One day during a game of tag, Harriet loses her notebook and is mortified when her friends find it and Janie proceeds to read all of Harriet's secret thoughts to everyone. The children find some of what she wrote hurtful, such as comparing Sport to "a little old woman" for his continual worrying about his father, or "Who does Janie Gibbs think she's kidding? Does she really think she could ever be a scientist?". Janie and Sport join the rest of the class in forming the "Spy Catcher Club", of which Marion Hawthorne declares herself president. The club meets regularly at Rachel Hennessey's house to think up ways to make Harriet's life miserable, including stealing her lunch (tomato sandwiches with mayonnaise), passing nasty notes about her in class, and having Rachel spill ink all over her and disguise it as an accident. Harriet regularly spies on them through a back fence. One day, out of utter frustration and envy, Harriet drops a note in the Hennesseys' mailbox for Rachel's mother. It states "All those kids hate Rachel. They just want your cake. Furthermore they will clutter up the backyard and also they constitute a nuisance. -A Friend" The Hennesseys find it and Rachel later announces to the Spy Catcher Club that a crank note was dropped in her mailbox. She summarizes what the note said, and to Harriet's amusement, Pinky Whitehead states "Well, it's very good cake".

The people on Harriet's spy route fare little better. The bachelor's cats are taken from him and he becomes depressed, the wealthy but boring couple receives a hideous sculpture to show off, the indolent woman reacts hysterically to her doctor's announcement that she must be confined to her bed for the rest of her life and the immigrant family's truck is ruined by their lazy son. And to her utter fury and humiliation, Harriet is caught in the dumbwaiter by Mrs. Plumber's maid.

Hurt and lonely, Harriet resorts to childish tantrums and resolves to get back at her former friends by thinking up a special punishment for each one. She gets into trouble when she carries out some of her plans (including cutting off a chunk of Laura's hair, hiding a frog in Marion's desk, and teasing Rachel about her estranged father). When that fails, Harriet tries to resume her friendship with Sport and Janie as if nothing ever happened, but they both reject her. On top of that, Harriet spends all her time in class writing in her notebook as a part of her plan to punish the Spy Catcher Club (in addition to "writing her memoirs"). As a result of never doing her schoolwork, her grades suffer, and Harriet's parents confiscate her notebook and take her to a psychologist. Exactly what the psychologist tells the Welsches is never found out, despite Harriet's assiduous spying; but before long Ole Golly writes to Harriet, telling her that if anyone ever reads her notebook, "you have to do two things, and you don't like either one of them. 1: You have to apologize. 2: You have to lie. Otherwise you are going to lose a friend."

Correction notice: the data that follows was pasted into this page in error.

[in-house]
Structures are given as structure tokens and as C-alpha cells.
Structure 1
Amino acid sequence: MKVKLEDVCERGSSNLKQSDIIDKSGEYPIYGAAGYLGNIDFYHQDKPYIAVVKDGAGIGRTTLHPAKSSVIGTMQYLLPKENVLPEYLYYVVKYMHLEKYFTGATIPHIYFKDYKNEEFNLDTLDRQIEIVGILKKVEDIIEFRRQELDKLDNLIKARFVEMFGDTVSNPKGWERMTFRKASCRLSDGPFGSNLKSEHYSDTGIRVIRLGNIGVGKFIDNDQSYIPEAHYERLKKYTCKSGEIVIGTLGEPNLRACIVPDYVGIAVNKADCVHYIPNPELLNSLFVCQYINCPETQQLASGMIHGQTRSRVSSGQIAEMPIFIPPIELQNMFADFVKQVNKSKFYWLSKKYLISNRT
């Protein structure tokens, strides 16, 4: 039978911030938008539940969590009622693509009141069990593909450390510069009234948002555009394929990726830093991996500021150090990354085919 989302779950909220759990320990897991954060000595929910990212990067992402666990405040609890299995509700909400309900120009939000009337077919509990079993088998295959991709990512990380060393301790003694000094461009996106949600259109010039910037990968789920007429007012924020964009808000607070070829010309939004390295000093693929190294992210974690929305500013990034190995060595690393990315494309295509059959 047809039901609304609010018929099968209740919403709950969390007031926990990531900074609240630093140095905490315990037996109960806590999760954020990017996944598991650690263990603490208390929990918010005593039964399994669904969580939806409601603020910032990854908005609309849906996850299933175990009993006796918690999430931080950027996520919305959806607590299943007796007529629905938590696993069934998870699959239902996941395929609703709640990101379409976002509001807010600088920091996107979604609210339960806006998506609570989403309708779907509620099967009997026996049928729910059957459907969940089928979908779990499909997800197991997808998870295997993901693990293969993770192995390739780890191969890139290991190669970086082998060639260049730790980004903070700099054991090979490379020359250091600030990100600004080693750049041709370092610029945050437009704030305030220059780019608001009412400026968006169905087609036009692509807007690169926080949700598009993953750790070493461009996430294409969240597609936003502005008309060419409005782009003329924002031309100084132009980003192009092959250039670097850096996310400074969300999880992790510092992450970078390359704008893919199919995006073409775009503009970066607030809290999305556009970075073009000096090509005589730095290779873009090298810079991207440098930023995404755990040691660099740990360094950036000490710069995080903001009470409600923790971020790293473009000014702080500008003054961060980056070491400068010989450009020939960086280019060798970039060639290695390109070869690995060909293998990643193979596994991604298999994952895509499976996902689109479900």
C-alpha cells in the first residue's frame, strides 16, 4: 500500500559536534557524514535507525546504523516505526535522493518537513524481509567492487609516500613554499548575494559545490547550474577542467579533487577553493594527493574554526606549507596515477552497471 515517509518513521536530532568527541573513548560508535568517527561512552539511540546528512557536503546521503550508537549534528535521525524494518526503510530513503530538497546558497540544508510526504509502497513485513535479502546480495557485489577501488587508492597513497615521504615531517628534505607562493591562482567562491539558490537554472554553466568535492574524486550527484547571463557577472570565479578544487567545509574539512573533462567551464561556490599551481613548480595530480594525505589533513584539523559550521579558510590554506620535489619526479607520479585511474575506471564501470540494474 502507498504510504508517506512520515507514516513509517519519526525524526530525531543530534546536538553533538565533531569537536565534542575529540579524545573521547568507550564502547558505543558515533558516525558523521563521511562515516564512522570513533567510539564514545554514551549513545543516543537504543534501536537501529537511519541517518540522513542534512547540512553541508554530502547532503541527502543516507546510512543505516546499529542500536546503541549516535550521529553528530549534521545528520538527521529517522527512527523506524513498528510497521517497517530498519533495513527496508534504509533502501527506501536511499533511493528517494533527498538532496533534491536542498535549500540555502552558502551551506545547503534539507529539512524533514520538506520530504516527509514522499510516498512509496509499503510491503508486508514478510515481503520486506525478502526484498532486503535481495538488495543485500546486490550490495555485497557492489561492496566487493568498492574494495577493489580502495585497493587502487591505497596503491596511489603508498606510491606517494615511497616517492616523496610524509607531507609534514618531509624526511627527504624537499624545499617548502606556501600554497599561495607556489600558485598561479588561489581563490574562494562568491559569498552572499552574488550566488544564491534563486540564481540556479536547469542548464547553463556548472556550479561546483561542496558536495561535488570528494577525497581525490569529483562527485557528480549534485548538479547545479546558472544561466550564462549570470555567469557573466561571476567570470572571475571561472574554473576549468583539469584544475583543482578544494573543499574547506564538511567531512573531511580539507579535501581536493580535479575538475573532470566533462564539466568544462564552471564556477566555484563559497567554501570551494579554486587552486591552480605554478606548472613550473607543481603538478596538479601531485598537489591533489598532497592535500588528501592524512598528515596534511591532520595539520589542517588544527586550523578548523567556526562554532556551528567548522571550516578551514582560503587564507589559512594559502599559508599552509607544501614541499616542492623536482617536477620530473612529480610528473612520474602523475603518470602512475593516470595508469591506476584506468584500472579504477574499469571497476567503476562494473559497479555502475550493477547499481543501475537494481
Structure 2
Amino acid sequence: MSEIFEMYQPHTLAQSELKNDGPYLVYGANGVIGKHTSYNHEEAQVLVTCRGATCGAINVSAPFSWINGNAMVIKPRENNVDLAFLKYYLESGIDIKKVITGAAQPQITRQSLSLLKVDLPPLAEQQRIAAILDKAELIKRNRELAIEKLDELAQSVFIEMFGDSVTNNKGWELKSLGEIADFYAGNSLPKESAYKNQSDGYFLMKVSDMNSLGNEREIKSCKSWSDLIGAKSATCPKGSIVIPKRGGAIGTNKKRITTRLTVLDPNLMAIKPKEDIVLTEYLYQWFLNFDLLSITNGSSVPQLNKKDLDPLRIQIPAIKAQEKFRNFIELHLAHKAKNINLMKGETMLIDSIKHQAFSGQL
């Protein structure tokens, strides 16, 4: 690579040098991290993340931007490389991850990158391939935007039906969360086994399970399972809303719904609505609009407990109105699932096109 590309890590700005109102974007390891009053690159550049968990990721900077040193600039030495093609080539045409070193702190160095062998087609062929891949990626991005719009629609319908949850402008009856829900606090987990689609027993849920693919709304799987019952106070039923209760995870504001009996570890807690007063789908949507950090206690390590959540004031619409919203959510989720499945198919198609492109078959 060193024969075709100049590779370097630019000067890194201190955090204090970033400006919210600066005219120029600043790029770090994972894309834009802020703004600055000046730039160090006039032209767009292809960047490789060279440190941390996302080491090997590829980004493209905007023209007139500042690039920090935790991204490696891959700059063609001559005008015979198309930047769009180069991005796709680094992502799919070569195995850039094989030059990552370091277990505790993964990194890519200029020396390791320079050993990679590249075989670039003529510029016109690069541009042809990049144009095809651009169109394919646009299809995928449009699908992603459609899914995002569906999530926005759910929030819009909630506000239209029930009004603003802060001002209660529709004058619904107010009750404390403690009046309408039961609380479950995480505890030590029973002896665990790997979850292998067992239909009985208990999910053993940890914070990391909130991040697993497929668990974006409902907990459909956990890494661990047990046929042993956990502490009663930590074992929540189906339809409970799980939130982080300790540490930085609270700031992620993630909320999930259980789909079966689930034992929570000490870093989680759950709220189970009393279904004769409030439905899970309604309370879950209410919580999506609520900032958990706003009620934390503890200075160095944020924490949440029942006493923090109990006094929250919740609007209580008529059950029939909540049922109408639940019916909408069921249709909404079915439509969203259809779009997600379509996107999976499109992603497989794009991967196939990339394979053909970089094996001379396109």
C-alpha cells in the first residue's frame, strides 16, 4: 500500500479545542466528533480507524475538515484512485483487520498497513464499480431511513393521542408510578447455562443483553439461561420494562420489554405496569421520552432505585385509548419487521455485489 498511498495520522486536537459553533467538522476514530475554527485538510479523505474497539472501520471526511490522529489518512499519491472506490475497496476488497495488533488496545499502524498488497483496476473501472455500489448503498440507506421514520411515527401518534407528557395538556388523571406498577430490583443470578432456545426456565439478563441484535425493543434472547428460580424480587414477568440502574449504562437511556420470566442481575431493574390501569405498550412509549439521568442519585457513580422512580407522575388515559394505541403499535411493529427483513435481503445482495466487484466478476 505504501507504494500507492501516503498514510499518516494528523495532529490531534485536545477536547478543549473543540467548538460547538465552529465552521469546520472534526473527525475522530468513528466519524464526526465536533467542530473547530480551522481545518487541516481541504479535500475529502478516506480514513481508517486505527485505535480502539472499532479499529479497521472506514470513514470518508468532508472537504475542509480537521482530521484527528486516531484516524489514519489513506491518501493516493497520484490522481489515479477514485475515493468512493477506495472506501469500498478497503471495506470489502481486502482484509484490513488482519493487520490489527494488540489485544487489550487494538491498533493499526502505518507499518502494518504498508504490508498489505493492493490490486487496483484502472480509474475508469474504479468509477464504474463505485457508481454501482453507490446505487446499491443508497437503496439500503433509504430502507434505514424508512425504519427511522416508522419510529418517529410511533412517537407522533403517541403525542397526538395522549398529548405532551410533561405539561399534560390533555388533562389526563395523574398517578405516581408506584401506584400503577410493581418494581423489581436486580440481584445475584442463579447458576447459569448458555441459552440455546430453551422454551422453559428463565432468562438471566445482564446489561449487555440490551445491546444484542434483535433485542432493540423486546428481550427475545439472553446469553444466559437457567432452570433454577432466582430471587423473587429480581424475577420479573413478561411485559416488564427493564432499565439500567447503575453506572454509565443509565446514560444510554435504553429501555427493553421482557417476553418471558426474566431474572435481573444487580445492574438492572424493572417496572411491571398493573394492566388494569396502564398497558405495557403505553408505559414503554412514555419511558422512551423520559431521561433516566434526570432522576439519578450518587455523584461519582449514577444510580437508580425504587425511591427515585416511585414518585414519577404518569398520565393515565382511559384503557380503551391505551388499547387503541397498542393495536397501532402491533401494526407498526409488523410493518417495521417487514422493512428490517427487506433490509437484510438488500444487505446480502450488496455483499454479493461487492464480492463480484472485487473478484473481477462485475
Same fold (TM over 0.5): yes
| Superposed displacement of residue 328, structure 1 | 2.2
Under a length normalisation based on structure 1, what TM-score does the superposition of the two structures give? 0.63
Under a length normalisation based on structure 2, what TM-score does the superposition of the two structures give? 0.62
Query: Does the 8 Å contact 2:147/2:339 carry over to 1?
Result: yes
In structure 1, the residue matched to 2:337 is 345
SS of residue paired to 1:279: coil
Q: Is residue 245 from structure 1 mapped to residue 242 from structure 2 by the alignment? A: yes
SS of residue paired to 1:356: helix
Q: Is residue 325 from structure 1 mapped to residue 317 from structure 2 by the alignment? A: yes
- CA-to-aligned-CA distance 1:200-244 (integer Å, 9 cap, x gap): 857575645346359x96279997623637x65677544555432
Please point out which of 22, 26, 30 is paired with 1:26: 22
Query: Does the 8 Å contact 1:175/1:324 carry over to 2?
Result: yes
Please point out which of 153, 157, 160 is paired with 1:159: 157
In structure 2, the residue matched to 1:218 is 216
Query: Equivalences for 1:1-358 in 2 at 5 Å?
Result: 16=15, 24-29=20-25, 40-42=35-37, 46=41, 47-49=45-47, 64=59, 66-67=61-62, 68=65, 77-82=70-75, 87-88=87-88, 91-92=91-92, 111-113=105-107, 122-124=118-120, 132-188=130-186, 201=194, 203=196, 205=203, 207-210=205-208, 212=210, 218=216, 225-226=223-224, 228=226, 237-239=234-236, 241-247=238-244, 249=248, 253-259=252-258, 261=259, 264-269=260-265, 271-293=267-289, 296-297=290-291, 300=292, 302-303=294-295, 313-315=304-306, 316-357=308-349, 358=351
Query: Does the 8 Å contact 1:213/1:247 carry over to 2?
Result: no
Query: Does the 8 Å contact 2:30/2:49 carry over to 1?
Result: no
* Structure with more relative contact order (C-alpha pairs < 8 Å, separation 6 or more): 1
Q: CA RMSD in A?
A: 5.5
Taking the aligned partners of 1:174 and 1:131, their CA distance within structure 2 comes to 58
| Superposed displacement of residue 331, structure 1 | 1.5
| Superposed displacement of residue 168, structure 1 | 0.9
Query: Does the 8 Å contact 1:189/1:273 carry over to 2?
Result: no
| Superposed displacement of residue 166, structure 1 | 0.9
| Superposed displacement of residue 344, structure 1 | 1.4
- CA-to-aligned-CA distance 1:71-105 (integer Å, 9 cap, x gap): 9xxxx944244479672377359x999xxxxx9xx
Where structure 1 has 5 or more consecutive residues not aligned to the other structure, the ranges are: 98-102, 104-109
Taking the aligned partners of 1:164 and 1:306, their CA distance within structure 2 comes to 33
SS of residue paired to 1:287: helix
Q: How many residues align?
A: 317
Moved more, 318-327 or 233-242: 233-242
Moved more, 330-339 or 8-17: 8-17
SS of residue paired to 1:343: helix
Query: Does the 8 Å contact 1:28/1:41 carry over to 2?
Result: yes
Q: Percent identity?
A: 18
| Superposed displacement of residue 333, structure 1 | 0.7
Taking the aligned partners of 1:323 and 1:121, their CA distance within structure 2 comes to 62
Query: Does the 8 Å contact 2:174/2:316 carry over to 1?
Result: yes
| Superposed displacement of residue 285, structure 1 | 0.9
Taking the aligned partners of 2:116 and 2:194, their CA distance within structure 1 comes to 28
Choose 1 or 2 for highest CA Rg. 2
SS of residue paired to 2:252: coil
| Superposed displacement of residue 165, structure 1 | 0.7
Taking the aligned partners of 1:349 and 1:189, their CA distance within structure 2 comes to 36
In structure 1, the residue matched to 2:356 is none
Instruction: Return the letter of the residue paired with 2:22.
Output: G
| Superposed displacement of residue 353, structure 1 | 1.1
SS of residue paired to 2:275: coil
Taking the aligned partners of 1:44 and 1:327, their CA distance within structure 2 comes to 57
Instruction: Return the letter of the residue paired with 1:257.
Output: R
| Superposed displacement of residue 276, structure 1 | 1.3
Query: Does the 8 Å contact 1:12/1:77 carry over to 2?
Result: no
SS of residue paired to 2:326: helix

Meanwhile, dissent is rippling through the Spy Catcher Club. Marion and Rachel are calling all the shots, and Sport and Janie eventually get tired of being bossed around by Marion and quit the club, inspiring most of their other classmates to do the same. Eventually all that is left of the club is Marion, Rachel, Carrie, and Laura, playing bridge and Mahjong in the afternoons, a caricature of the stereotypical suburban "ladies' club" of the 1950s. Harriet, spying on them, reflects with brief pity that they will probably do exactly that for the rest of their lives.


Harriet's parents speak with her teacher and the headmistress, and Harriet is appointed editor of the class newspaper (replacing Marion Hawthorne). The newspaper -featuring some stories about the people on Harriet's spy route, as well as juicy gossip about her schoolmates' parents (which Harriet has overheard from her own parents) - becomes an instant success. Things improve for those on her spy route as well: Harrison Withers obtains a new kitten, the Robinsons manage to find some people to look at their hideous sculpture, Mrs. Plumber, having received notice from her doctor that she really did not have to stay in bed, becomes full of bountiful activity, and the Dei Santis' "lazy" son becomes a very studious worker after he obtains a job he likes as a trucker.

After some time as the editor, Harriet makes amends to her former friends through the paper, offering a printed retraction and Janie and Sport forgive her in the end.

In popular culture

The song "Caramia" by the Indigo Girls directly references Harriet's behavior in the lines "You hurt my feelings, why why why, write it down in your notebook, my wannabe Harriet the Spy."

External links

Harriet the Spy summary
Search another word or see bossed aroundon Dictionary | Thesaurus |Spanish
Copyright © 2015, LLC. All rights reserved.
  • Please Login or Sign Up to use the Recent Searches feature